It was almost like the scene from the movie “Forrest Gump,” when Tom Hanks and Mykelti Williamson, who played Bubba, simultaneously answered questions from their drill sergeant even though they barely knew each other.
Aaron Nesmith and Payton Pritchard were selected in the first round of last week’s NBA Draft by the Celtics, and there were times Tuesday afternoon when they nearly completed each other’s sentences as they addressed the media in a Zoom call.
The two have been in Boston the past few days, sort of like boot camp, and are vigorously trying to learn the NBA game and life as training camp quickly approaches. Because of the pandemic, this rookie class was denied a summer league and the 2½-month period that follows and allows rookies to prepare for the long season.
Less than a month from now, Nesmith and Pritchard will be suiting up for their first NBA games, so the learning process could be overwhelming. But the Celtics may need both Nesmith, a small forward from Vanderbilt, and Pritchard, a combo guard from Oregon, to contribute right away.
“It’s like great expectations,” Nesmith said. “It’s nothing different than Payton or I haven’t gone through. It’s just continuing to come in and working as hard as you can, be a sponge. We don’t know what’s going to happen next season so just continue to do whatever is asked of us.”
Nesmith is the projected shooter the Celtics have been seeking for years. He was drafted 14th overall, on need, by a franchise that lacked scoring off the bench. Pritchard, picked at No. 26, played four seasons for the Ducks, blossoming into the Pac-12 player of the year. He averaged 20.5 points and shot 41.5 percent from the 3-point line as a senior.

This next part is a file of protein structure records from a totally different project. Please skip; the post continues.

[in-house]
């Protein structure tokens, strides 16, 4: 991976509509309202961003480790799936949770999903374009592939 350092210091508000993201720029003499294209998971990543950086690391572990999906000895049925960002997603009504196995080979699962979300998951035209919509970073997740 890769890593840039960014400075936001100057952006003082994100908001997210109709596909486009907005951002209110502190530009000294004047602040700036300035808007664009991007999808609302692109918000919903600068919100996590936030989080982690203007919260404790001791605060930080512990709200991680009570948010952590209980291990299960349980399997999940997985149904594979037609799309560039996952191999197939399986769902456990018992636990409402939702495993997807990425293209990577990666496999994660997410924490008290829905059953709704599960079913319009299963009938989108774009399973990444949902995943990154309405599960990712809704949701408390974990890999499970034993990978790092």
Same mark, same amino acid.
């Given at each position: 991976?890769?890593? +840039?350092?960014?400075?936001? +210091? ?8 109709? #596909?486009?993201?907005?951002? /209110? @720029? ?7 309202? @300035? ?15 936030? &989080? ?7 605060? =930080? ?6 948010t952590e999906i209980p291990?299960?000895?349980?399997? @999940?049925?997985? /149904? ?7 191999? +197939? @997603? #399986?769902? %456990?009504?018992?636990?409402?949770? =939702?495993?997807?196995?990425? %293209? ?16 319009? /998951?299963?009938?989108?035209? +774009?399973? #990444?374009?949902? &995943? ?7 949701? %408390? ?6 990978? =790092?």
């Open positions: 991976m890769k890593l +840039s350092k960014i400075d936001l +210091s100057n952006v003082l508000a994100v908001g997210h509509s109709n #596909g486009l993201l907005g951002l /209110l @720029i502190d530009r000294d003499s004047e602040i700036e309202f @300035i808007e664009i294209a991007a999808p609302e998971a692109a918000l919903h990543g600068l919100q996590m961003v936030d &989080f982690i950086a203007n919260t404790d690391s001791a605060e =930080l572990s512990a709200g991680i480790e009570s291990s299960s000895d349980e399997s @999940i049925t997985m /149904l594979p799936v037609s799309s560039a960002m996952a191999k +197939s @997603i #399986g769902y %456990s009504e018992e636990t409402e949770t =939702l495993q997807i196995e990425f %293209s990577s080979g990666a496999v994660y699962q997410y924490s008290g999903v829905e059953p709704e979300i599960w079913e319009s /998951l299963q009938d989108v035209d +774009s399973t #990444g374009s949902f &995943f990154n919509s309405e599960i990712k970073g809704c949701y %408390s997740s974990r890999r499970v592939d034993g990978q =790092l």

Pritchard went through the draft process after his junior season, but the West Linn, Ore., native decided to return to college after he was projected as a second-round pick.
“Coming back for my senior year definitely made a big difference,” he said. “I went through the draft process and took some feedback and worked on my game, mentally and physically prepared for my senior year.”
Nesmith was the Southeastern Conference’s leading scorer when he was felled by a stress fracture in his right foot. He missed the final two months of the Commodores’ season but is healthy and will participate in training camp. Some NBA teams were concerned with how the injury was healing. It has been 10 months since Nesmith received his diagnosis.
“I’ll be good to go; I’ve done everything so far workout-wise,” Nesmith said. “It’s 100 percent and I won’t miss a beat.”
He played his sophomore season under the tutelage of former NBA All-Star Jerry Stackhouse, who gave Nesmith beaming endorsements after he entered the draft.
“It was monumental being able to play for a guy like coach Stackhouse, an 18-year NBA veteran,” Nesmith said. “He’s done everything at this level a lot of young guys coming into the league want to achieve. So being able to have that blueprint and being able to learn from a guy like that for a year and learn his tendencies helped me big time.”
Nesmith does not lack confidence. He called himself a “sniper” on draft night because of his ability to drain 3-point shots. He shot a stellar 52.2 percent from the 3-point line as a sophomore.
“Just the body of work. The repetition. For me nothing changes,” he said when asked about the self evaluation. “My warm-up doesn’t change. My form doesn’t change. My footwork doesn’t change. As long as I continue to work on those things and continue to perfect those attributes to my games, there’s no reason for my shot not to translate from one level to the next.”